The reason present friction between the US and its allies carries greater weight, however, is that it arises in the context of a global shift in power away from the US and its established allies and toward new powers. The prospect of “American decline” in terms of relative international power is the focus of a great deal of debate over both substance and semantics. But the central fact is that even the part of the US’s own intelligence apparatus charged with long-term foresight regards it as established that, within 20 years, the world will have transitioned from the “unipolar” American dominance of the first post-cold war decades to a world in which multiple centers of power must coexist. The center of economic gravity has already shifted markedly toward Asia during the last decade.
This certainly does not mean any single new power is about to rise to replace the US as a hegemonic force. Nor does it mean the US will be going anywhere: The scale of its existing advantages across a range of fronts – military, economic, institutional – is sufficiently great that it is assured a prominent place at the table of whatever order may come. What it does mean is that Americans must presently be engaged in thinking carefully about how best to leverage their advantages to retain the maximum possible influence into the future. If they cannot continue to be first among equals in managing the world order, they will wish at least to ensure that order is one that runs in line with their own established preferences.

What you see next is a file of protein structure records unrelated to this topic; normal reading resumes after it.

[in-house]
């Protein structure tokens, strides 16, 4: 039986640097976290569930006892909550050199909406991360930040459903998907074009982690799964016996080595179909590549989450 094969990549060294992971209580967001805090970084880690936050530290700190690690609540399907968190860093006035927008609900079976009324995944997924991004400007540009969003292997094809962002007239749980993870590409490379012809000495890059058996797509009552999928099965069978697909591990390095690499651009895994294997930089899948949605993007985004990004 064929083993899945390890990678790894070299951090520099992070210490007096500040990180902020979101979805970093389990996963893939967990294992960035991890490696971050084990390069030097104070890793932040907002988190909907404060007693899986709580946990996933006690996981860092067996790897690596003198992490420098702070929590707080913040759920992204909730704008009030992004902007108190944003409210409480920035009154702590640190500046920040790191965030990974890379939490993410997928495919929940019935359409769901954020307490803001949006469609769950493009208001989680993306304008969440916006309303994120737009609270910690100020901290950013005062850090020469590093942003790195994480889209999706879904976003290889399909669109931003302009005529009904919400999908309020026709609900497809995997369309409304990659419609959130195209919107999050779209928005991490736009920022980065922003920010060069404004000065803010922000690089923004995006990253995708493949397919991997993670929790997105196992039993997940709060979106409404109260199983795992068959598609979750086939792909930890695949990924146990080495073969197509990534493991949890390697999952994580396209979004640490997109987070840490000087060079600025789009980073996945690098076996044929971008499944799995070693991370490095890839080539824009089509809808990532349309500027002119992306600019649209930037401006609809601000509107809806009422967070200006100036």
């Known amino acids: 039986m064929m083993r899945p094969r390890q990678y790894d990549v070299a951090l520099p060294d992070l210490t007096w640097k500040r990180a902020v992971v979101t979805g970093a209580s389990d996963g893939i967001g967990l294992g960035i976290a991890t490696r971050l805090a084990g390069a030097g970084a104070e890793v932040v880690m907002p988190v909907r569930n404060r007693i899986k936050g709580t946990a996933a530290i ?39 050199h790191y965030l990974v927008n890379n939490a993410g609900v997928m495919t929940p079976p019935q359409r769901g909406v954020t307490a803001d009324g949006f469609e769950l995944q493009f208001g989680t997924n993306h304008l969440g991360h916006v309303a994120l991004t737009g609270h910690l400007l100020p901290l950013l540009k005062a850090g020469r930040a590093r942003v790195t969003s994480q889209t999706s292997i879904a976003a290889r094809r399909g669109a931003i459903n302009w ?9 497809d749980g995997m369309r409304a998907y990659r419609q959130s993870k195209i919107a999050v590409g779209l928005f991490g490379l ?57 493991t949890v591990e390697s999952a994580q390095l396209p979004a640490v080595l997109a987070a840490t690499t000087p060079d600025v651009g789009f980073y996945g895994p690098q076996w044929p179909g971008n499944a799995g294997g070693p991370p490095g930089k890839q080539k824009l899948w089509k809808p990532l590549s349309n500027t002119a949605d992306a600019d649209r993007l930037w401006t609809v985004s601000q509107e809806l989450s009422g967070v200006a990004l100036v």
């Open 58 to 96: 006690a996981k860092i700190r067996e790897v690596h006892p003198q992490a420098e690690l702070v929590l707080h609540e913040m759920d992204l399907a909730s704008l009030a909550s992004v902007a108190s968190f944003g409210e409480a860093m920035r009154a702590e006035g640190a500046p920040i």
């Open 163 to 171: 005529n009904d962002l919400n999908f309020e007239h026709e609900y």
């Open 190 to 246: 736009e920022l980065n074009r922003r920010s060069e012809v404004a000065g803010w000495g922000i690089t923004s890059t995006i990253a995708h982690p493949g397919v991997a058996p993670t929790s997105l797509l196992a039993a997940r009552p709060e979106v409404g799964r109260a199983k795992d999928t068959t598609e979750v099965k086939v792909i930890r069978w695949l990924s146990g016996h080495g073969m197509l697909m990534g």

Many of those who are optimistic about the ability of the US to pull off this project of declining power without declining influence place emphasis on two things: the extent to which the US has soft power due to widespread admiration for its political and cultural values, and the extent to which it has locked in influence through the extent of its existing networks of friends and allies. Even if these advantages cannot arrest America’s decline on harder metrics, if played properly, they can mitigate its consequences and secure an acceptable future. Shoring up support from like-minded countries such as those of Europe ought to be the low-hanging fruit of such an effort.
So the current problems do harm on both fronts. It will be difficult to maintain the allure of soft power if global opinion settles on the view that American political discord has rendered its democracy dysfunctional at home, or that its surveillance practices have given rein to the mores of a police state. And it will be harder to preserve American status through the force of its alliances if its politicians' economic irresponsibility (for example, publicly contemplating a default on American national debt) or scandals over surveillance or drone strikes alienate their public or cause their leaders to question the extent to which they really are on the same side as the US.
Obama’s day-to-day foreign policy struggles should not be simplistically taken as signs of collapsing American influence. But if the long-term plan is to carefully manage relative decline so as to preserve maximum influence, episodes such as those his country has faced since August do nothing to boost the prospects of success.
Adam Quinn is senior lecturer in international politics at the University of Birmingham in Birmingham, Britain. He is leader of a seminar series on The Future of American power from the Economic and Social Research Council, from which Mr. Quinn also receives funding. He blogs at www.beingrealistic.com, and you can follow him on Twitter @adamjamesquinn.